Our fragile diplomatic relationship with Saudi Arabia would apparently be jeopardized if the Biden administration actually leveled travel sanctions against Crown Prince Mohammed bin Sultan for ordering of the death of US journalist and Saudi dissident Jamal Khashoggi.
So what will Joe Biden actually do about it?
President Biden has decided that the price of directly penalizing Saudi Arabia’s crown prince, Mohammed bin Salman, is too high, according to senior administration officials, despite a detailed American intelligence finding that he directly approved the killing of Jamal Khashoggi, the dissident and Washington Post columnist who was drugged and dismembered in October 2018.
The decision by Mr. Biden, who during the 2020 campaign called Saudi Arabia a “pariah” state with “no redeeming social value,” came after weeks of debate in which his newly formed national security team advised him that there was no way to formally bar the heir to the Saudi crown from entering the United States, or to weigh criminal charges against him, without breaching the relationship with one of America’s key Arab allies.
Officials said a consensus developed inside the White House that the price of that breach, in Saudi cooperation on counterterrorism and in confronting Iran, was simply too high.
For Mr. Biden, the decision was a telling indication of how his more cautious instincts kicked in, and it will deeply disappoint the human rights community and members of his own party who complained during the Trump administration that the United States was failing to hold the crown prince, known by his initials M.B.S., accountable for his role.
Many organizations were pressing Mr. Biden to, at a minimum, impose the same travel sanctions against the crown prince as the Trump administration imposed on others involved in the plot.
Mr. Biden’s aides said that as a practical matter, Prince Mohammed would not be invited to the United States anytime soon, and they denied that they were giving Saudi Arabia a pass, describing series of new actions on lower-level officials intended to penalize elite elements of the Saudi military and impose new deterrents to human rights abuses.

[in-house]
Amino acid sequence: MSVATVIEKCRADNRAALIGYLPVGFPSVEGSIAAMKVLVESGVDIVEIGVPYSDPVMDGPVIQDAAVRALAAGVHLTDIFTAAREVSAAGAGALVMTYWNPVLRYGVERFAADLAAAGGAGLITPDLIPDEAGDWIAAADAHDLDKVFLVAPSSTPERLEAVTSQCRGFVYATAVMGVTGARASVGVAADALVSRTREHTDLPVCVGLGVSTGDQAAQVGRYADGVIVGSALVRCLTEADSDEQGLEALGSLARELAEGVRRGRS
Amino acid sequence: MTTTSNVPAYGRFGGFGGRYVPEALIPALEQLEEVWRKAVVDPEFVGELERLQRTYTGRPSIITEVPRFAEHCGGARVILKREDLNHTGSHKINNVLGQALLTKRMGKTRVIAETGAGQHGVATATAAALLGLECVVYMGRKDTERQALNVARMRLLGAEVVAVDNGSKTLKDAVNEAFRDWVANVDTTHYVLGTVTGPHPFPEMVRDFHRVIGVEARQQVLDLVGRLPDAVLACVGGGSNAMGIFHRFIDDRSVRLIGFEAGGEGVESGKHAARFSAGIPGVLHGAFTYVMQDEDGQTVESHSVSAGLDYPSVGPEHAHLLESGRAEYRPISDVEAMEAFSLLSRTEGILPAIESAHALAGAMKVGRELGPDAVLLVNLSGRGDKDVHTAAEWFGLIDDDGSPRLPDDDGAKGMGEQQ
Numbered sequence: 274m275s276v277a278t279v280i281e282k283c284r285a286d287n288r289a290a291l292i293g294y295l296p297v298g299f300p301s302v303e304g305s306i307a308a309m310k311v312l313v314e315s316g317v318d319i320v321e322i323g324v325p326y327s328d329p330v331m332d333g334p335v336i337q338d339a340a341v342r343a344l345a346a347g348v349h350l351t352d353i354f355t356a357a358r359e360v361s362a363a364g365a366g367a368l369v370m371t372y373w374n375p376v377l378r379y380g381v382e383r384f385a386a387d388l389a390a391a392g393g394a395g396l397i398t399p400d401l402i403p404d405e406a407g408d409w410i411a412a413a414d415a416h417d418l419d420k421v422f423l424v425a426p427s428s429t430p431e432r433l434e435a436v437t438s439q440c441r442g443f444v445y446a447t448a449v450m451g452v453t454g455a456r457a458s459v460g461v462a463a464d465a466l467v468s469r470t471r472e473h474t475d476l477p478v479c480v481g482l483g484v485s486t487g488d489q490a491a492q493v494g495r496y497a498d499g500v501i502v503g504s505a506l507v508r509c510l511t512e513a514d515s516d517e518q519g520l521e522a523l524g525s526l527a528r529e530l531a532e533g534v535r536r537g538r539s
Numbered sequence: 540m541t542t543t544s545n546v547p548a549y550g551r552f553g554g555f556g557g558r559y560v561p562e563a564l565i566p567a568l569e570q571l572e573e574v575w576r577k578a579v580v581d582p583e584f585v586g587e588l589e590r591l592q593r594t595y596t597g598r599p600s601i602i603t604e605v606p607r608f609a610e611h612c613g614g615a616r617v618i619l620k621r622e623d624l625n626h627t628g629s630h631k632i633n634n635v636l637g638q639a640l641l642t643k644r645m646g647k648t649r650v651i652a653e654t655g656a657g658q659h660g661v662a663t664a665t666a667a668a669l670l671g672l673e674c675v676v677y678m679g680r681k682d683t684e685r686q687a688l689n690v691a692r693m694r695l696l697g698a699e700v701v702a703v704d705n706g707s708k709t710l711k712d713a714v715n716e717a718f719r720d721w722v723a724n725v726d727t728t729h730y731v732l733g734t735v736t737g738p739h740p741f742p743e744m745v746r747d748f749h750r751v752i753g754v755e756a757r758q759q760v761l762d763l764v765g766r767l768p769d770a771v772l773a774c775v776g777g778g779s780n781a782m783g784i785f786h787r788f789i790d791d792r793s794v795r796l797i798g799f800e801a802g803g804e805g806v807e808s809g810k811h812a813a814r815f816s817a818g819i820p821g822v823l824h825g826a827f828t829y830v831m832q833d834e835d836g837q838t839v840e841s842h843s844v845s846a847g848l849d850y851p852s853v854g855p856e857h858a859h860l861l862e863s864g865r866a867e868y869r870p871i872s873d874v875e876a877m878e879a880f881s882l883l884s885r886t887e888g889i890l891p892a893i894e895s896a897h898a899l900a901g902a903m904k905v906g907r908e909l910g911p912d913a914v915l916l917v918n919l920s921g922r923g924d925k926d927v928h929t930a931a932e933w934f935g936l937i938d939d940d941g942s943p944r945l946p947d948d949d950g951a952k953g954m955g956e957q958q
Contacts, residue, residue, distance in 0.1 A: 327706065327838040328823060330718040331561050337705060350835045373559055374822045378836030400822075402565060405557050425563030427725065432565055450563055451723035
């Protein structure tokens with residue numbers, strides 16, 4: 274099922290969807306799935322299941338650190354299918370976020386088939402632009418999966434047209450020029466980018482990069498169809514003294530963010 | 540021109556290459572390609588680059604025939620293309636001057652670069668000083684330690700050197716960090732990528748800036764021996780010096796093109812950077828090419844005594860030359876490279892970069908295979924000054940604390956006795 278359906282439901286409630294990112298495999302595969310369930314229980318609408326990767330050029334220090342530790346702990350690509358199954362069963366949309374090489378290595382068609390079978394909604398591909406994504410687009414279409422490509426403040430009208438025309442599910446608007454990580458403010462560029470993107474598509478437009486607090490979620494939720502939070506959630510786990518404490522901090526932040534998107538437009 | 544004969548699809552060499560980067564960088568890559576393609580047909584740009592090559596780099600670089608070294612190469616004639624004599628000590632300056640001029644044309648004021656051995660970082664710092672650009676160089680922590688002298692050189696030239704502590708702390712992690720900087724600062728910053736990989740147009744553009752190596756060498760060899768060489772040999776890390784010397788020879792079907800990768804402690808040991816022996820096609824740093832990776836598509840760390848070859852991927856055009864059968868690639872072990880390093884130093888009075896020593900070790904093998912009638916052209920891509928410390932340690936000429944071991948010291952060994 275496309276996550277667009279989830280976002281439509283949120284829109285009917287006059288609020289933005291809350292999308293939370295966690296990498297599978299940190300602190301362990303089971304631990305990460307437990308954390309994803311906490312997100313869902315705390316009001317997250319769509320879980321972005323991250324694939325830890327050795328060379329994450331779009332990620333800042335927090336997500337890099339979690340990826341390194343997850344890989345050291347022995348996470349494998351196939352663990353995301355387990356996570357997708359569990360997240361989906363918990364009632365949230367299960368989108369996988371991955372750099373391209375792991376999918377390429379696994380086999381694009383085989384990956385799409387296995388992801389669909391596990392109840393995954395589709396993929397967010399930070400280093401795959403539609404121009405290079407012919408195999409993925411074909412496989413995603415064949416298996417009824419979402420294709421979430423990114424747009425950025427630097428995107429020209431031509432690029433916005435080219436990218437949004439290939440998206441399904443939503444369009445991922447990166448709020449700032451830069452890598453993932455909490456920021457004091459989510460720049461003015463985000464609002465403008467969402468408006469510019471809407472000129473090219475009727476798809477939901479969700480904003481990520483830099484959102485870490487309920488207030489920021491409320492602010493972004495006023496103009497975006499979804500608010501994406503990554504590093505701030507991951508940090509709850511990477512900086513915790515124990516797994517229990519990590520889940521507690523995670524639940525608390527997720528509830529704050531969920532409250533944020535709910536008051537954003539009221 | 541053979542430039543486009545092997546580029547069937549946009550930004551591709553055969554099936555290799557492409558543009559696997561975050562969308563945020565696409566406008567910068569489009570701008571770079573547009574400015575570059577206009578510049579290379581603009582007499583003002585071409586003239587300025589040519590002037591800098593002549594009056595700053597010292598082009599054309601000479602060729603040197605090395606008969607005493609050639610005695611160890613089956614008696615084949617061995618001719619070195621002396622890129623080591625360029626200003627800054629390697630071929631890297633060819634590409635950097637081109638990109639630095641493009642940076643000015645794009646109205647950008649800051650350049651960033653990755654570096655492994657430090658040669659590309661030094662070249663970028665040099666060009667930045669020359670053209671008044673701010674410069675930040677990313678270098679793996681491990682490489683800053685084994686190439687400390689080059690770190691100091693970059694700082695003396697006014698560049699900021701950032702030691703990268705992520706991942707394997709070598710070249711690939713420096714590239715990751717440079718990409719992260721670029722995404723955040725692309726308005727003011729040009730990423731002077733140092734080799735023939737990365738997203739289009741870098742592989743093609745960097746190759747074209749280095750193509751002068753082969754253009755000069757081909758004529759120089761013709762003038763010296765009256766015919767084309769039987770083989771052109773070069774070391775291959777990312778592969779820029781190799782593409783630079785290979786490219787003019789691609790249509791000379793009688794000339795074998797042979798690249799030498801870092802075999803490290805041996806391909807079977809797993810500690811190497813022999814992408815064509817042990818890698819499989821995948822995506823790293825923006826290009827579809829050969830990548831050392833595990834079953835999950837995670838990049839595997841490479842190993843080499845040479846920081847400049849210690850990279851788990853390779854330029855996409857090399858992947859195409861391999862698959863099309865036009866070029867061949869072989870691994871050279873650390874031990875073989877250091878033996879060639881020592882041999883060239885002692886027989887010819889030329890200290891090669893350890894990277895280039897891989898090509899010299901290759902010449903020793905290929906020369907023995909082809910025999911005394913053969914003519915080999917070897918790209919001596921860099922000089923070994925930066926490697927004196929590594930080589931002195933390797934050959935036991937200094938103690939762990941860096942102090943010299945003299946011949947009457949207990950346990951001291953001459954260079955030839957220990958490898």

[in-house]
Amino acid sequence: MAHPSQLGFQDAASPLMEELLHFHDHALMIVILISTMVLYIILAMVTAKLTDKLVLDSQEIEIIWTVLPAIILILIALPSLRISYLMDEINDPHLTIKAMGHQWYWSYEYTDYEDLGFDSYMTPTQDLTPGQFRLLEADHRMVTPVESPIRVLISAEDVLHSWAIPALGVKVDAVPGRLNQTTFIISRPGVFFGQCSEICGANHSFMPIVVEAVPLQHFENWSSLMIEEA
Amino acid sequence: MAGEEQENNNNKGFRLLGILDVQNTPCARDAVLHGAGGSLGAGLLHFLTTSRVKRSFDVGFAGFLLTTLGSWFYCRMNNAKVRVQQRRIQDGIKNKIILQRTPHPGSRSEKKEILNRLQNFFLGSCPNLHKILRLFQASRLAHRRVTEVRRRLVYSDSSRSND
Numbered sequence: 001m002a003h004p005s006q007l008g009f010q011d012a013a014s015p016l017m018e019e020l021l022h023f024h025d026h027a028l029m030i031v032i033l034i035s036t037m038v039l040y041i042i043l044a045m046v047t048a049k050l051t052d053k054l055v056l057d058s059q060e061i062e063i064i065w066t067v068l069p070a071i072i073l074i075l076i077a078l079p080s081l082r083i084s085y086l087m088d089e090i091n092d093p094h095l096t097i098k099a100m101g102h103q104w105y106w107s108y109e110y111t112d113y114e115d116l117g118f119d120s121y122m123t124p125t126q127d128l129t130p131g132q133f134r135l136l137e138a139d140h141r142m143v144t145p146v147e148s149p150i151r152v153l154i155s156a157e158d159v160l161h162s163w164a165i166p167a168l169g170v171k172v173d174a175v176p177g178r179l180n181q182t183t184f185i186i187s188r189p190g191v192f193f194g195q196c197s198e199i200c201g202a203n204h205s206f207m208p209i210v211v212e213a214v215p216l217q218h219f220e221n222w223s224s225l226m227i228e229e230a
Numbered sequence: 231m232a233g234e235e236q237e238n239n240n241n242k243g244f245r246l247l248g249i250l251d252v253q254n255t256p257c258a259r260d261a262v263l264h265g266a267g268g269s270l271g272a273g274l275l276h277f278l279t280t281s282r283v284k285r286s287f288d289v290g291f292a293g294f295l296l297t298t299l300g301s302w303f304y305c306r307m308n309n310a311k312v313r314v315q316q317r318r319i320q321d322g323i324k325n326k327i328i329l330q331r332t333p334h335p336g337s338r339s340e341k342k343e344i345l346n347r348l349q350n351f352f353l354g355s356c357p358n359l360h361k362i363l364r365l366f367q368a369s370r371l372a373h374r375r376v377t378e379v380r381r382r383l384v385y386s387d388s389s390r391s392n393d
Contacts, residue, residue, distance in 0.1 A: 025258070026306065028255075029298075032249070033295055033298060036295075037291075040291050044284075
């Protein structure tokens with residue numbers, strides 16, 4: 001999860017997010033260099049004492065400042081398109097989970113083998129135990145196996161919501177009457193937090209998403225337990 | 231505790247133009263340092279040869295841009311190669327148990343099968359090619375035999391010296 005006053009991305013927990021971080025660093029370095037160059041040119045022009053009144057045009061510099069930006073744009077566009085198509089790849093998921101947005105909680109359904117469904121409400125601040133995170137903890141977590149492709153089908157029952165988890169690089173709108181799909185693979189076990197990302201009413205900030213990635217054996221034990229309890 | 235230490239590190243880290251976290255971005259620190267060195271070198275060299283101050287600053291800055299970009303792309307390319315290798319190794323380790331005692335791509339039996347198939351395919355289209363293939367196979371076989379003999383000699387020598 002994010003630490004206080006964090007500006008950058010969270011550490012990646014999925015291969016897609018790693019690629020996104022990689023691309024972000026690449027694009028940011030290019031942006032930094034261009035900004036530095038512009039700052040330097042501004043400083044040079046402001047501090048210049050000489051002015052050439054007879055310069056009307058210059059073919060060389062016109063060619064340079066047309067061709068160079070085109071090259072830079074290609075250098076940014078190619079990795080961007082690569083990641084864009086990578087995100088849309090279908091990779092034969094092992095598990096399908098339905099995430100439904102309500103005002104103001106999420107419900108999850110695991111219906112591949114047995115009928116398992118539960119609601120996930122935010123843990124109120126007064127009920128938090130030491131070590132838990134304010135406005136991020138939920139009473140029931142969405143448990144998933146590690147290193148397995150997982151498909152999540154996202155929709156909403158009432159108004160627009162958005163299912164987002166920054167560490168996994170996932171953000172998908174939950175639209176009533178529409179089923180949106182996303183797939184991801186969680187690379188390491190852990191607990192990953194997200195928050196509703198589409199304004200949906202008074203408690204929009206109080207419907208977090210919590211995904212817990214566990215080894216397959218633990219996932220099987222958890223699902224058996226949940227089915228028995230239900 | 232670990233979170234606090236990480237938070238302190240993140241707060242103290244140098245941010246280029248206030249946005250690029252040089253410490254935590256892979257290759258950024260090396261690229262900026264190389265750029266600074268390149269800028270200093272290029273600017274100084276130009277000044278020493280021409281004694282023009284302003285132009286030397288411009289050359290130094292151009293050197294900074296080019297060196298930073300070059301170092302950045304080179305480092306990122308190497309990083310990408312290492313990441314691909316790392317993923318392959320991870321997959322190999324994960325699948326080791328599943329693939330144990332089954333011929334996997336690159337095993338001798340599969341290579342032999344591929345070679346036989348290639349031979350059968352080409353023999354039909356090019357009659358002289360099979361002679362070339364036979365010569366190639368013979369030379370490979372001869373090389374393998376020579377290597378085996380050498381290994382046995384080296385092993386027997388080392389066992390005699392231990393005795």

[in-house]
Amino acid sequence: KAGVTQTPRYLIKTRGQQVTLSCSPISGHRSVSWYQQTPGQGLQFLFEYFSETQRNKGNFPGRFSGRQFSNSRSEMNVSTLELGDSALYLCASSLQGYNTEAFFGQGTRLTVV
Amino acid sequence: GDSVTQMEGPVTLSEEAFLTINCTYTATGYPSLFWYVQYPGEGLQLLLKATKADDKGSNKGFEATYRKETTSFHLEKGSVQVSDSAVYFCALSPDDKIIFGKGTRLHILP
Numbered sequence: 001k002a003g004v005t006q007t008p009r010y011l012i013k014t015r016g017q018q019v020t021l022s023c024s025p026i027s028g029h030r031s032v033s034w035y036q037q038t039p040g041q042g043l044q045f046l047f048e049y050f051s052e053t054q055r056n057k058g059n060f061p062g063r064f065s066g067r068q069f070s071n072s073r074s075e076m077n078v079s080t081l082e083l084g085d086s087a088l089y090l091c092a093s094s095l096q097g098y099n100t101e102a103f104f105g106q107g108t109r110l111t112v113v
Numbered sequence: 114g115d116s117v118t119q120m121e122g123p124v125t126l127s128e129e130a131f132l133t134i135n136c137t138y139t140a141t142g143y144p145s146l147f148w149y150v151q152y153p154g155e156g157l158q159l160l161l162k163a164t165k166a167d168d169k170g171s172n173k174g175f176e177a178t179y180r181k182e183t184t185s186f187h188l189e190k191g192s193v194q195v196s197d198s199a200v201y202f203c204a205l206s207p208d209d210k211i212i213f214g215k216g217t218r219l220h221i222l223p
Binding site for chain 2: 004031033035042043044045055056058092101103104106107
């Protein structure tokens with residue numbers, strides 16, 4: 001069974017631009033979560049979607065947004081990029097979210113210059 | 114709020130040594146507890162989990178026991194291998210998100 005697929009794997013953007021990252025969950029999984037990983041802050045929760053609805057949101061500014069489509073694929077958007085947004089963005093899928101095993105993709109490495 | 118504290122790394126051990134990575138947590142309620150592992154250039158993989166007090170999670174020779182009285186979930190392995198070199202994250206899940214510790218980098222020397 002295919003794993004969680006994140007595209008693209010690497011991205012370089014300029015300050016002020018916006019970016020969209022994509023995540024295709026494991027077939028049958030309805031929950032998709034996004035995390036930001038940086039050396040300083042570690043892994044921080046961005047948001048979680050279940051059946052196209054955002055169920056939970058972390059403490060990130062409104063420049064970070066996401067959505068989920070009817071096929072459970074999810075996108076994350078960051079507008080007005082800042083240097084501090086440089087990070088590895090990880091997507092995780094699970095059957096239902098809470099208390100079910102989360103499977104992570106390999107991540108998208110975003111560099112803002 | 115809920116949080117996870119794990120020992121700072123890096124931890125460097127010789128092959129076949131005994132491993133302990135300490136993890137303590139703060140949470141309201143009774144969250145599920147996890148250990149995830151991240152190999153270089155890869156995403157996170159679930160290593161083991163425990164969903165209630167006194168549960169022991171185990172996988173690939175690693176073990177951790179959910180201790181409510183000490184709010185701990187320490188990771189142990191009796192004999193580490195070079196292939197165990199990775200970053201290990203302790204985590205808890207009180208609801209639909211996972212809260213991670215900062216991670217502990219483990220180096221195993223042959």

Those actions, approved by Secretary of State Antony J. Blinken, include a travel ban on Saudi Arabia’s former intelligence chief, who was deeply involved in the Khashoggi operation, and on the Rapid Intervention Force, a unit of the Saudi Royal Guard.
The declassified intelligence report concluded that the intervention force, which operates under the crown prince, directed the operation against Mr. Khashoggi at the Saudi Consulate in Istanbul. Mr. Khashoggi entered the consulate on Oct. 2, 2018, to get papers he needed for his forthcoming marriage, and, with his fiancée waiting outside the gates, was instead met by an assassination team.
An effort by the Saudi government to issue a cover story, contending that Mr. Khashoggi had left the consulate unharmed, collapsed in days.
President Joe Biden on Saturday said his administration would make an announcement on Saudi Arabia on Monday, following a U.S. intelligence report that found Crown Prince Mohammed bin Salman had approved the killing of journalist Jamal Khashoggi.
The Biden administration has faced some criticism, notably an editorial in the Washington Post, that the president should have been tougher on the crown prince, who was not sanctioned despite being blamed for approving Khashoggi’s murder.
Asked about punishing the crown prince, Saudi Arabia’s de facto ruler, who is also known as MbS, Biden said: “There will be an announcement on Monday as to what we are going to be doing with Saudi Arabia generally.”
So we'll find out soon.